Georgian President Saakashvili, Welfare King
by Bob Murphy
by Bob Murphy
George Bush, following in the footsteps of his predecessors, has established a welfare system with the warfare State. Through the (evolving) public justifications for his use of American military power, Bush has laid out principles under which foreign countries are entitled to US combat forces. As he displayed beautifully on the Glenn Beck show, Georgian President Saakashvili is a welfare king who knows how to game the system.
After telling Beck that the Russians were not attacking Georgia, but America — going so far as to write anti-American proclamations on their missiles — Saakashvili declared:
SAAKASHVILI: America for us is a symbol of freedom worldwide. I grew up with ideals that America I grew up in Soviet communist society until the age of 20. I know I, for me, for my old, early childhood America was a dreamland. America was a place from which all the bright ideas came. America was the place which was great inspiration for me to raise my child. And then when Soviet Union collapsed, when the Cold War was over, when I went to study in the US and finally I realized my dream, I never thought that this evil would come back again. I never thought the KGB people would again try to run the world. And that's exactly what's happening now. This is worst nightmare coming true. And what's at stake here is America's ideals. If freedom collapses in Georgia, it will collapse in both the countries, in other places as well.
Some Americans think that Georgia was minding its own business, when all of a sudden Russia attacked it, and now George Bush, as is his wont, is pining to do what he can to protect freedom.
I don't think that's what's going on at all. Reportedly the Bush administration warned Saakashvili not to provoke the Kremlin, yet the Georgian president ordered his troops into South Ossetia anyway, and without even notifying the US of his plans. Then Saakashvili reassured his people that the US military would take control of Georgian airports and sea ports, an apparent lie that the Pentagon quickly denied to the rest of the world. I think Bush and his advisors must be saying, "What is this guy doing?! Doesn't he see the impossible position he's putting us in? Is he trying to start a world war?"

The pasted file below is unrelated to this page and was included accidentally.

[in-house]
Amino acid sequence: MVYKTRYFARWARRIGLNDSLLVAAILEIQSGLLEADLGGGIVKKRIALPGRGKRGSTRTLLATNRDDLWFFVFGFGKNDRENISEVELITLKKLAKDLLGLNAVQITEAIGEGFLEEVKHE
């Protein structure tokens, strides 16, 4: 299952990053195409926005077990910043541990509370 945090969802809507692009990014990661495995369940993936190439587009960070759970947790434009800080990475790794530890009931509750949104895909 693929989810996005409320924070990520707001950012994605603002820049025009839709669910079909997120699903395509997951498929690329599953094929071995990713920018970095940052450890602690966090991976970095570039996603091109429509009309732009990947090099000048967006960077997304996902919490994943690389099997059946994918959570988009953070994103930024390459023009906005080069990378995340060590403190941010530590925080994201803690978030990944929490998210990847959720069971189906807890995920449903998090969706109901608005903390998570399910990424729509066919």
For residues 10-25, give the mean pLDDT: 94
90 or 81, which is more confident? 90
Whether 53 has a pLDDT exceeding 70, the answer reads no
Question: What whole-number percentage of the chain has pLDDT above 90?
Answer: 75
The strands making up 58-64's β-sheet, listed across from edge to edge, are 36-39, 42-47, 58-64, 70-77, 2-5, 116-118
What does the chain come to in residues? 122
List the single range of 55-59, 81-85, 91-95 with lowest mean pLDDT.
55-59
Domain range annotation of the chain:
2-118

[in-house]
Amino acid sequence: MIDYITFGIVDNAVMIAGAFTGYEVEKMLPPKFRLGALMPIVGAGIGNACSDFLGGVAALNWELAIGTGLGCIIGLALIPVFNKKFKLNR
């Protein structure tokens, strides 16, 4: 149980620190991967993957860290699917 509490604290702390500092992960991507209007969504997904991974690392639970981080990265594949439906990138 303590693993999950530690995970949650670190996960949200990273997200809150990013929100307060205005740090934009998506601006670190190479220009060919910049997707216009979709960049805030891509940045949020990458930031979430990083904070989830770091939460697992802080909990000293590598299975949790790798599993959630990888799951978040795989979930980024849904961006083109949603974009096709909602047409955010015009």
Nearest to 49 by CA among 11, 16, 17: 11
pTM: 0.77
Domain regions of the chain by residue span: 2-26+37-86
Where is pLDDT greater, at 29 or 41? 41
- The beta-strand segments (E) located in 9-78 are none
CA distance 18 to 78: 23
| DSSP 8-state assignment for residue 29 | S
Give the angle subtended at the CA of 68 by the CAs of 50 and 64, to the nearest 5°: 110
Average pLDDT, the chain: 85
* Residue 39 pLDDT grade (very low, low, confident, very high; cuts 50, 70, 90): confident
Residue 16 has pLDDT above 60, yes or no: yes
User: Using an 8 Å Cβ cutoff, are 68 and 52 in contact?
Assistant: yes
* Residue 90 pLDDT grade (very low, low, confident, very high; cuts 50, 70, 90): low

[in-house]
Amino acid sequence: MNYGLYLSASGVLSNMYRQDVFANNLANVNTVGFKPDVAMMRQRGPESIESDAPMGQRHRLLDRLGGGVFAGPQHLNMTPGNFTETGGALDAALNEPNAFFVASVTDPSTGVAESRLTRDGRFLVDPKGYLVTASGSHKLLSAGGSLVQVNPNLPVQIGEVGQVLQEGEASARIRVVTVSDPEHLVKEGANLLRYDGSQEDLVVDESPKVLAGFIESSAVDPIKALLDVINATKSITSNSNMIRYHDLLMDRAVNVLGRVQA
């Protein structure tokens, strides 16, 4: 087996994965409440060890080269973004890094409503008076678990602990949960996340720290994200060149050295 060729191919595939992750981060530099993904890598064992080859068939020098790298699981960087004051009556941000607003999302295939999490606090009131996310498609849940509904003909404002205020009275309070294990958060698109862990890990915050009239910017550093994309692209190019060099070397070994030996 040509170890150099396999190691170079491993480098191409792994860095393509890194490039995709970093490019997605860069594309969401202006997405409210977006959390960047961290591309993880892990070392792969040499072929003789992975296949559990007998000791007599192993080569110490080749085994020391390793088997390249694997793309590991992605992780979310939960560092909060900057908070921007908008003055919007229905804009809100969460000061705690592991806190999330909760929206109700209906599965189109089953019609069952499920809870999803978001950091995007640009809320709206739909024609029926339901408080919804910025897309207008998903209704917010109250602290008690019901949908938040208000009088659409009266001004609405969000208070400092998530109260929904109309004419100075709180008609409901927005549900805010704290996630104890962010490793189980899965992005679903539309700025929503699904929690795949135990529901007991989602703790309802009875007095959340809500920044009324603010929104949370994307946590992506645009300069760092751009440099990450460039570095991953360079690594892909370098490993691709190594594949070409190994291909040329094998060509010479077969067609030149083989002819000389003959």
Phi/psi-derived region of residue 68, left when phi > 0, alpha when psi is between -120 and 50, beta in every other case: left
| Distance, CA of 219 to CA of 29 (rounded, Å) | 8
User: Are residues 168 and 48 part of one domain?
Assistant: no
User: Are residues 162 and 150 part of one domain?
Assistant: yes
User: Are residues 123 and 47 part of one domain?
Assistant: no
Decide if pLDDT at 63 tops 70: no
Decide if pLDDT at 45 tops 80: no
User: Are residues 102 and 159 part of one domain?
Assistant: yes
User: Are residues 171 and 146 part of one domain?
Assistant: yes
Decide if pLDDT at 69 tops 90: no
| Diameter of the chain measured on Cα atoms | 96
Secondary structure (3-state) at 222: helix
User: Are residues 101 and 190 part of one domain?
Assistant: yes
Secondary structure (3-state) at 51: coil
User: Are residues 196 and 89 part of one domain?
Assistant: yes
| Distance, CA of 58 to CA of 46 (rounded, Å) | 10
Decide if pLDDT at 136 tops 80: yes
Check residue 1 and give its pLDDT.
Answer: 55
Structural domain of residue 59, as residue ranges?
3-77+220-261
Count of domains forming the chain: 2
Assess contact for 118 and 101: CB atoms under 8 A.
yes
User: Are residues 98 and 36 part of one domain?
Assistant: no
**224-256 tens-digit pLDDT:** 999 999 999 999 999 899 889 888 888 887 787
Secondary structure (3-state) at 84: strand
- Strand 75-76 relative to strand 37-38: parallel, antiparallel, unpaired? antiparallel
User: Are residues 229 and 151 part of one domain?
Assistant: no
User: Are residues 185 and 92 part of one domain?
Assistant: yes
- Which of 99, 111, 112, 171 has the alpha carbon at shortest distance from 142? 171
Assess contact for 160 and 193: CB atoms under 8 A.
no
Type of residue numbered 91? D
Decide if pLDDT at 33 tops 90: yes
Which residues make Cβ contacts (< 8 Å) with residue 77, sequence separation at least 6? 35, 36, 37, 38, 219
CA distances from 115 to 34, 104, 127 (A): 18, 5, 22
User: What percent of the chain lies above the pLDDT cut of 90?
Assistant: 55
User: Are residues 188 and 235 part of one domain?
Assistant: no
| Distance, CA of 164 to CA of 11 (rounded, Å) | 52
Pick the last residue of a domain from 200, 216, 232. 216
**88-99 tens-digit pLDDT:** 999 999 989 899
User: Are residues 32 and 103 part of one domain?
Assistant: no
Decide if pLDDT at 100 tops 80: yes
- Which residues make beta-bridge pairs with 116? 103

And thus the folly of the Bush administration's foreign policy adventures is complete. Just as domestic welfare programs violate property rights, create a culture of dependency, and bankrupt the government, so too has Bush's occupations of Afghanistan and Iraq killed innocents, encouraged weak nations to "need" US military aid, and squandered US strength. This last point is important: It's not merely that Bush & Co. set the precedent for bold leaders of tiny nations to chant the magic word "democracy" in order to gain access to US firepower. But precisely because the US is bogged down in Iraq and Afghanistan, Russian Prime Minister Putin was in a much stronger position to invade Georgia. The US really can't fight a war with Russia at the moment.
Just to make sure there are no misunderstandings, I am not casting Russia as the innocent victim of US expansionism. I have no doubt that Putin is an evil man who would conquer the world if he had the ability.
Fortunately, he doesn't have the ability. Yet what he does possess — and in far greater doses than his American counterparts — is the ability to think three moves ahead. When the US wanted to let former Soviet republics into NATO, then-president Putin warned that this would upset the strategic balance.
Just think about that for a minute. Isn't that an odd thing to say? That's not how US politicians talk. For them, it's all about freedom and apple pie, and foreign policy is a simple matter of blowing up the bad guys to protect the good guys. There's very little public recognition of the fact that one nation's moves will lead to obvious responses and then counterresponses, such that all countries might end up wishing that first move hadn't been made. That's what Putin was saying, and so far he seems right on the money.
Let me shift gears a bit and say the talk radio guys are definitely right about Obama. His official statement on the Georgian situation was ridiculous, designed as a message for American voters, not the rulers of other nations with whom he may soon be interacting:
The violence taking place along the Black Sea is just miles from Sochi, the site for the Winter Olympics in 2014. It only adds to the tragedy and outrage of the current situation that Russia has acted while the world has come together in peace and athletic competition in Beijing. This action is wholly inconsistent with the Olympic ideal.
Don't misunderstand, there is nothing objectionable in these observations for a regular human being. But for someone who is actively seeking to be in charge of the most lethal collection of weaponry the world has ever known, and to be heading a massive organization that has created millions of deadly foes around the world, you can't talk like that. You have to have some swagger, for crying out loud. I feel like an eight-year-old Corleone nephew, and because of some fluke Fredo is about to become head of the family. Not good.
So we see that there is yet another problem with democracies. Because of their periodic elections, even relatively stable States such as the US temporarily lose their footing. The calculations of both Saakashvili and Putin certainly included the lame duck Bush administration, and the implications of foreign events on the American election.
Conservatives have long realized that the welfare state is immoral and wastes money, but it also hurts the very people it is supposed to help. I hope they soon realize that the same is true of the warfare state. Trying to spread freedom and peace at missile tip will, in the end, only lead to more repression and war.
August 16, 2008
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